7.3.3 Radiation Characteristics.



8.1 Introduction.

8.2 Mechanical Considerations.

8.2.1 Array Shapes.

8.2.2 Element Distribution on a Curved Surface.

8.2.3 Multifacet Solutions.

8.2.4 Tile Architecture.

8.2.5 Static and Dynamic Stress.

8.2.6 Other Electromagnetic Considerations.

8.3 Radiation Patterns.

8.3.1 Introduction.

8.3.2 Grating Lobes.

8.3.3 Scan-Invariant Pattern.

8.3.4 Phase-Scanned Pattern.

8.3.5 A Simple Aperture Model for Microstrip Arrays.

8.4 Array Impedance.

8.4.1 Introduction.

8.4.2 Phase-Mode Impedance.

8.5 Polarization.

8.5.1 Polarization Definitions.

8.5.2 Cylindrical Arrays. Dipole Elements. Aperture elements.

8.5.3 Polarization in Doubly Curved Arrays. A Paraboloidal Array.

8.5.4 Polarization Control.

8.6 Characteristics of Selected Conformal Arrays.

8.6.1 Nearly Planar Arrays.

8.6.2 Circular Arrays.

8.6.3 Cylindrical Arrays.

8.6.4 Conical Arrays.

8.6.5 Spherical Arrays.

8.6.6 Paraboloidal Arrays.

8.6.7 Ellipsoidal Arrays.

8.6.8 Other Shapes.



9.1 Introduction.

9.2 A Note on Orthogonal Beams.

9.3 Analog Feed Systems.

9.3.1 Vector Transfer Matrix Systems.

9.3.2 Switch Matrix Systems.

9.3.3 Butler Matrix Feed Systems.

9.3.4 RF Lens Feed Systems. The R-2R Lens Feed. The R-kR Lens Feed. Mode-Controlled Lenses. The Luneburg Lens. The Geodesic Lens. The Dome Antenna.

9.4 Digital Beam Forming.

9.5 Adaptive Beam Forming.

9.5.1 Introduction.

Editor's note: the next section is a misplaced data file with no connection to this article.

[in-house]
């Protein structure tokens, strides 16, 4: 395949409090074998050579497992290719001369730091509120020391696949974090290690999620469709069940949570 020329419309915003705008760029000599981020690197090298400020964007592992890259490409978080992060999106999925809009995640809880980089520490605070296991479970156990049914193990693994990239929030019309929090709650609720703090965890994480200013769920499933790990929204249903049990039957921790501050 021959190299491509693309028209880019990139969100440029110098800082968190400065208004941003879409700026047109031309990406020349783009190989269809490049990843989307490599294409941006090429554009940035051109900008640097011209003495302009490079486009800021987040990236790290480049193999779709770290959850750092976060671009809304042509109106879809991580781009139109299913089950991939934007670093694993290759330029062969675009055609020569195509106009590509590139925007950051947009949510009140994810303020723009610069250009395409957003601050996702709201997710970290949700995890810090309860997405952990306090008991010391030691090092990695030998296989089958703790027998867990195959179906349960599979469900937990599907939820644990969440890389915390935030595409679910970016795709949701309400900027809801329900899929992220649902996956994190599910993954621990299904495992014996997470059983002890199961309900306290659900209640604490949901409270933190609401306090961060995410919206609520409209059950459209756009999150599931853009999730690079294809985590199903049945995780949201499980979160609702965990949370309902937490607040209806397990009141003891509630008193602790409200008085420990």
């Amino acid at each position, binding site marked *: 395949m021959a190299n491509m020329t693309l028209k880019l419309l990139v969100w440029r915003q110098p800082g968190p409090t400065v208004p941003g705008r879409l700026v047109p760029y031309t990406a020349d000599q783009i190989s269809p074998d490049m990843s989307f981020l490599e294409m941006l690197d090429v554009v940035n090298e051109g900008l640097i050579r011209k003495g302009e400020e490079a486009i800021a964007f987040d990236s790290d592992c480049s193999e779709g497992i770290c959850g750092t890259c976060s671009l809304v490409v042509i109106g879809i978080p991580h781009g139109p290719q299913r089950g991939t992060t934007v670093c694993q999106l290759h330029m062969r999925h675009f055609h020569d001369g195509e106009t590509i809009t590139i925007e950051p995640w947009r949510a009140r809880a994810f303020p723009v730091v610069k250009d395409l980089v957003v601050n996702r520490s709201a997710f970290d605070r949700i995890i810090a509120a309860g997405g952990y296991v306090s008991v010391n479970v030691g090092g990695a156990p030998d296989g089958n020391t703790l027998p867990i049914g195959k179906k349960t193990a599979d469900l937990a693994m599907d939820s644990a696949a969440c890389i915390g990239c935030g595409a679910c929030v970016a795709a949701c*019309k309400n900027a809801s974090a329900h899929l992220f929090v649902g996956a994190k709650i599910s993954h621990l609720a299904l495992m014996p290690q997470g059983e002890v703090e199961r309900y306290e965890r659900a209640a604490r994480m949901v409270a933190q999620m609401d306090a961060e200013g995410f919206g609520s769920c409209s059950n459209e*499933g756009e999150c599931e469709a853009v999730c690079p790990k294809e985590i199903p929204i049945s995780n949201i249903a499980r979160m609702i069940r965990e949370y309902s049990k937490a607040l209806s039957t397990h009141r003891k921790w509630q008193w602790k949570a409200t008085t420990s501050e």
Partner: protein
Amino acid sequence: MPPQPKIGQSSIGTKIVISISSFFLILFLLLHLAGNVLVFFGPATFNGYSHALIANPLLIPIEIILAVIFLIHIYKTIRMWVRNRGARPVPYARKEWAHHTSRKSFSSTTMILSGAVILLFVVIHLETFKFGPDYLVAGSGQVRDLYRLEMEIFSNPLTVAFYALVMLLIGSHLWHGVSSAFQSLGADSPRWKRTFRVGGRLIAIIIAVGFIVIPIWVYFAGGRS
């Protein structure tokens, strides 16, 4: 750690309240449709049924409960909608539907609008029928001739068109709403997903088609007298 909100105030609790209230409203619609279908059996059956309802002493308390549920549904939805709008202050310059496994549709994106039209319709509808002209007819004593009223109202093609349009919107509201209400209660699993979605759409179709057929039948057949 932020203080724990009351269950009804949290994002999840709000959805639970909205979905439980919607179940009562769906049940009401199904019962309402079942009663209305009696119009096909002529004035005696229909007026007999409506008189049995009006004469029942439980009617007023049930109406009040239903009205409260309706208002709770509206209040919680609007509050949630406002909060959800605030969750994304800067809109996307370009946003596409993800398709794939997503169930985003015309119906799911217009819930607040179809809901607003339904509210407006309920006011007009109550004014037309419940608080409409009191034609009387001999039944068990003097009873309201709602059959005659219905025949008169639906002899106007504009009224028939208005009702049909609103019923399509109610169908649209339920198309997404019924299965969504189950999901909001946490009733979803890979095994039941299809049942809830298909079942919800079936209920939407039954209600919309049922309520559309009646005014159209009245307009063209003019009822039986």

9.5.2 The Sample Matrix Inversion Method.

9.5.3 An Adaptive Beam Forming Simulation Using a Circular Array.

9.6 Remarks on Feed Systems.



10.1 Introduction.

10.2 Shape Optimization.

10.3 Fourier Methods for Circular Ring Arrays.

10.4 Dolph-Chebysjev Pattern Synthesis.

10.4.1 Isotropic Elements.

10.4.2 Directive Elements.

10.5 An Aperture Projection Method.

10.6 The Method of Alternating Projections.

10.7 Adaptive Array Methods.

10.8 Least-Mean-Squares Methods (LMS).

10.9 Polarimetric Pattern Synthesis.

10.10 Other Optimization Methods.

10.11 A Synthesis Example Including Mutual Coupling.

10.12 A Comparison of Synthesis Methods.



11.1 Introduction.

11.2 Definitions.

11.3 Radar Cross Section Analysis.

11.3.1 General.

11.3.2 Analysis Method for an Array on a Conducting Cylinder.

11.3.3 Analysis Method for an Array on a Conducting Cylinder with a Dielectric Coating.

11.4 Cylindrical Array.

11.4.1 Analysis and Experiment—Rectangular Grid.